Nora Wong, of Bristol; Samantha Weinheiner, of Falls Church; and Cherry Nutting, of Fairfax, dance group instructor and leader, perform hula using pu’ili. Sticks made of bamboo, with slits cut in one end with strands removed, create a rattle when moved and hit against the body.
Photo by Susan Laume/The Connection
The Workhouse Arts Center, Lorton, kicked off its seasonal Community Market on April 10. Now beginning its second season, the Market opening included special activities celebrating Spring cherry blossom time, with Hawaiian dance performances, haiku readings, and cherry blossom themed art, as well as the Market’s usual offering of local vendors’ crafts, food and other products. Although far from the Tidal Basin, the Workhouse is an official participant in the National Cherry Blossom Festival.
With a nod to the famous blossoms and Asian and Pacific Island culture, the Community Market’s activities included workshops on origami cherry blossom and butterfly making and a metal forging demonstration.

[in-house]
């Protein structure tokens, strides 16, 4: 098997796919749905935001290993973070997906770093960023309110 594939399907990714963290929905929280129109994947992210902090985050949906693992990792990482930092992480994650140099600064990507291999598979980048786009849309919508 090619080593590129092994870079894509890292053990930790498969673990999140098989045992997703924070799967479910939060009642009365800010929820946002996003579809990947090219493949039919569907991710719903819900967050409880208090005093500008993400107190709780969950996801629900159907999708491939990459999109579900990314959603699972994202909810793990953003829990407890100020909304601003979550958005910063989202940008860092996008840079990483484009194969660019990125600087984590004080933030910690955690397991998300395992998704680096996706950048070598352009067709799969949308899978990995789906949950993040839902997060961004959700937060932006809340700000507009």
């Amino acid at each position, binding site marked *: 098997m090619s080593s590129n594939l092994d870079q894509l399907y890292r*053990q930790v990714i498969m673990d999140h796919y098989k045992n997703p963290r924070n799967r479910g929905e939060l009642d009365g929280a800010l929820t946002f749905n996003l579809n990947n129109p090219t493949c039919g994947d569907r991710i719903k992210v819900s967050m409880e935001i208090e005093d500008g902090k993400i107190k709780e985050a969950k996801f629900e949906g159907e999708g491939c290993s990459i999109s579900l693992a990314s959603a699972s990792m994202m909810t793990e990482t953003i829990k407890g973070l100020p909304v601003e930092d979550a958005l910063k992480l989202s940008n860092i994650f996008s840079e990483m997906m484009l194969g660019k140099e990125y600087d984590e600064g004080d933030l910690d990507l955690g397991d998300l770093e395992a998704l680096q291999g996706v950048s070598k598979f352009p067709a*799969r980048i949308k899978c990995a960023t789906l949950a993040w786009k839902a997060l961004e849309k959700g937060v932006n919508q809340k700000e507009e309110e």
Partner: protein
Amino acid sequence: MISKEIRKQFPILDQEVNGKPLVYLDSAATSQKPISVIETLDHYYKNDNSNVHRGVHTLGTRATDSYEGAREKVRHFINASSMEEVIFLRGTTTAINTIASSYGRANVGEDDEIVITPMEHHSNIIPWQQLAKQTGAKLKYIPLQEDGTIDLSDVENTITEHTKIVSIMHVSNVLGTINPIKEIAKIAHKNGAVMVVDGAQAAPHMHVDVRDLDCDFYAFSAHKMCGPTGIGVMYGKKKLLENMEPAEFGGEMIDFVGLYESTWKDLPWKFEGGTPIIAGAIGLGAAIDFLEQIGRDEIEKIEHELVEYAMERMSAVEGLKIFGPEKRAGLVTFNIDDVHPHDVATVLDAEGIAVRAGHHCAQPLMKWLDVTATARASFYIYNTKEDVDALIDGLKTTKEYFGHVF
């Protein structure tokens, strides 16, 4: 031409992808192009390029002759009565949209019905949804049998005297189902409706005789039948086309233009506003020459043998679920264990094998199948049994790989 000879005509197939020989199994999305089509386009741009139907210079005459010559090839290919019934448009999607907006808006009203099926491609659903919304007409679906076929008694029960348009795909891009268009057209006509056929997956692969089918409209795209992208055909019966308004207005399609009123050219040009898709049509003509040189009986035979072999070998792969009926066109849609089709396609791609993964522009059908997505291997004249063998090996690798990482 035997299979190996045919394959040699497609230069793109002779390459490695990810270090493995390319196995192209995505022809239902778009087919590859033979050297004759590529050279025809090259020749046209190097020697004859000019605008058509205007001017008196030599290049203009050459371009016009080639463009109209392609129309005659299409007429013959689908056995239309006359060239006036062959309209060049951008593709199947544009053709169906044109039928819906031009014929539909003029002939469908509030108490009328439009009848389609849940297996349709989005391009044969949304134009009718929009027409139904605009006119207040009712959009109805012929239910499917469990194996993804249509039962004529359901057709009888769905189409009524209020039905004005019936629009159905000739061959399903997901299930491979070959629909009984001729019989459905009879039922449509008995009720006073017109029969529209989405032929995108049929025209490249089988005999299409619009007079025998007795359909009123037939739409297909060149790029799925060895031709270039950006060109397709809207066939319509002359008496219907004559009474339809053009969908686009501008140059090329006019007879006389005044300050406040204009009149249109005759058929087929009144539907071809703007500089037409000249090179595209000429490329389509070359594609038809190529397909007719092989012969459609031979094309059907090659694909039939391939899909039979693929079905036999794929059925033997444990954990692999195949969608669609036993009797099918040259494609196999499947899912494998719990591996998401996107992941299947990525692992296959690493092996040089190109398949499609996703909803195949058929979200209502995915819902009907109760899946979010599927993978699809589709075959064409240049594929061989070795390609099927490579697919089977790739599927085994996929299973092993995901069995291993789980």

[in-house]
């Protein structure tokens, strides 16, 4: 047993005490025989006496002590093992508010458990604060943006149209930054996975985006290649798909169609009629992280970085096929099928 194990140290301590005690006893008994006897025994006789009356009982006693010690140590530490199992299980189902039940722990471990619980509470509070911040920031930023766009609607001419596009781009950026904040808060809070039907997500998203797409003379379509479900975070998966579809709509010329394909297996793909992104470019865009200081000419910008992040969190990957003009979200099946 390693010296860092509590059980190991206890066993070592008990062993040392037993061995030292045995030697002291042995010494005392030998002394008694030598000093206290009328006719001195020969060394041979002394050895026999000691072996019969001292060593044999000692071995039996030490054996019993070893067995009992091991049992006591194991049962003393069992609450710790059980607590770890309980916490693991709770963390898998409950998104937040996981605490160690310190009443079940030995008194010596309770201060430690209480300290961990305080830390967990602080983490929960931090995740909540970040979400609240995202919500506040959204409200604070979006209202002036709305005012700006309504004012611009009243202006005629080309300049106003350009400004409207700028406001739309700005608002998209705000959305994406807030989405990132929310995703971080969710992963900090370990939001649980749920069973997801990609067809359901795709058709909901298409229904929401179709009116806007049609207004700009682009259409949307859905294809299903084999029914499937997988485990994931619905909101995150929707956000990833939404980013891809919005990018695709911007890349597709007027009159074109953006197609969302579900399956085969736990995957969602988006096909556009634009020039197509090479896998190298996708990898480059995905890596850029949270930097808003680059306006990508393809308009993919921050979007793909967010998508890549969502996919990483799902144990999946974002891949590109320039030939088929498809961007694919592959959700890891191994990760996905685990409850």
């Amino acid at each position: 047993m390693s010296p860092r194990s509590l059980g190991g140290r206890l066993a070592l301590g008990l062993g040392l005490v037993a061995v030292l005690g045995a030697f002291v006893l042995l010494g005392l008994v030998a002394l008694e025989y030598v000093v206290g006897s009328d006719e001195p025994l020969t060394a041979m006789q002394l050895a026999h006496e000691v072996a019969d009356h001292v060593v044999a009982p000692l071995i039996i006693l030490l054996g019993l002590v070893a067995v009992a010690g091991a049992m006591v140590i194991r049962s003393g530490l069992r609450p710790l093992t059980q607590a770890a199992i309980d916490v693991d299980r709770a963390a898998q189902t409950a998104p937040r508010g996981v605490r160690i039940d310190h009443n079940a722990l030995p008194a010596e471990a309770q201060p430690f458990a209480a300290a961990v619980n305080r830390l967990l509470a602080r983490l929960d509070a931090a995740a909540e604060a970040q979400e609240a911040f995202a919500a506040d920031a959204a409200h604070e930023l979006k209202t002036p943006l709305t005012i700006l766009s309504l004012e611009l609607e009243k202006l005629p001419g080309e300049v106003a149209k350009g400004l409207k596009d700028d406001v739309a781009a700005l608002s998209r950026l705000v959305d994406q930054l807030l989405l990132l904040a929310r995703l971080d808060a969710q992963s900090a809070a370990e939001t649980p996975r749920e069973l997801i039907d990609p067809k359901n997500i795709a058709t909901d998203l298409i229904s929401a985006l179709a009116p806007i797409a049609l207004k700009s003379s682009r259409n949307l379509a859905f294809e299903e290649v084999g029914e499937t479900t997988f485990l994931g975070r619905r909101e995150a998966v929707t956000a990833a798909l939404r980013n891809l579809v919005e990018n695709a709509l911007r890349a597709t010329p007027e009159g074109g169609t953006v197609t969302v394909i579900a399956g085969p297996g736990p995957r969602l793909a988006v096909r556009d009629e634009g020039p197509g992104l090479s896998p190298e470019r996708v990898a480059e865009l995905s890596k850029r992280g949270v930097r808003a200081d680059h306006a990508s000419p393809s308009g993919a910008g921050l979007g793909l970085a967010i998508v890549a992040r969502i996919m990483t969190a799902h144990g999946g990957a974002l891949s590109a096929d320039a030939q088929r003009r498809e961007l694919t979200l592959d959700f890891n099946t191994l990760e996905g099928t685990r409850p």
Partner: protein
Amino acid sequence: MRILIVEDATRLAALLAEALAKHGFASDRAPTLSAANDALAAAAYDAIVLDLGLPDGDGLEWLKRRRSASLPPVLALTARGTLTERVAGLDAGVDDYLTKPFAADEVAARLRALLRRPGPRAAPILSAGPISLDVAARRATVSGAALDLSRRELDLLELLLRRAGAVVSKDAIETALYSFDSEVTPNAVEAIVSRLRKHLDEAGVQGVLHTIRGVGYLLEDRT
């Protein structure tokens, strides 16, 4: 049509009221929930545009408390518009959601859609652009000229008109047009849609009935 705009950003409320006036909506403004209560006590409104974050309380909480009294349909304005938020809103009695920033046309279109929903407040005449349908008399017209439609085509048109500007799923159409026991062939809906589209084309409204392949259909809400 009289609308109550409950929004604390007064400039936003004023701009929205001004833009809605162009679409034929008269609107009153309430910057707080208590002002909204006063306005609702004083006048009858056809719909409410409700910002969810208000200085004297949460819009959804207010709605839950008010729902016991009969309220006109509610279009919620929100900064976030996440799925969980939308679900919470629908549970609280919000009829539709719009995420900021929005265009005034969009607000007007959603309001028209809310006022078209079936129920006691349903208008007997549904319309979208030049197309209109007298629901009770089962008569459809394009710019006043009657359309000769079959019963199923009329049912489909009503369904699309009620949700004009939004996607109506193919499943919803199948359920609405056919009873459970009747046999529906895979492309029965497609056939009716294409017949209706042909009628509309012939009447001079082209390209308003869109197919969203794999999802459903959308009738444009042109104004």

Recognizing the community’s needs during the health crisis, the Community Market started last year, seeking to engage neighbors and friends in relief through art activities and promote local businesses with a safe outdoor venue, explained Erin Wright, Event Rental Manager. The venue meets Covid-19 response safety requirements for social distancing in a large outdoor space. As a Community Market, the event evolved from its early beginnings as a farmer’s market selling fresh produce and food, to include a wider variety of products, crafters, artisans, hobbyists, food trucks, and small businesses. Thirty-five vendors currently are under contract, for periods of one to seven months, with new vendors expected throughout the season. The Market will open every Saturday from 10 a.m. to 2 p.m., until Oct. 30.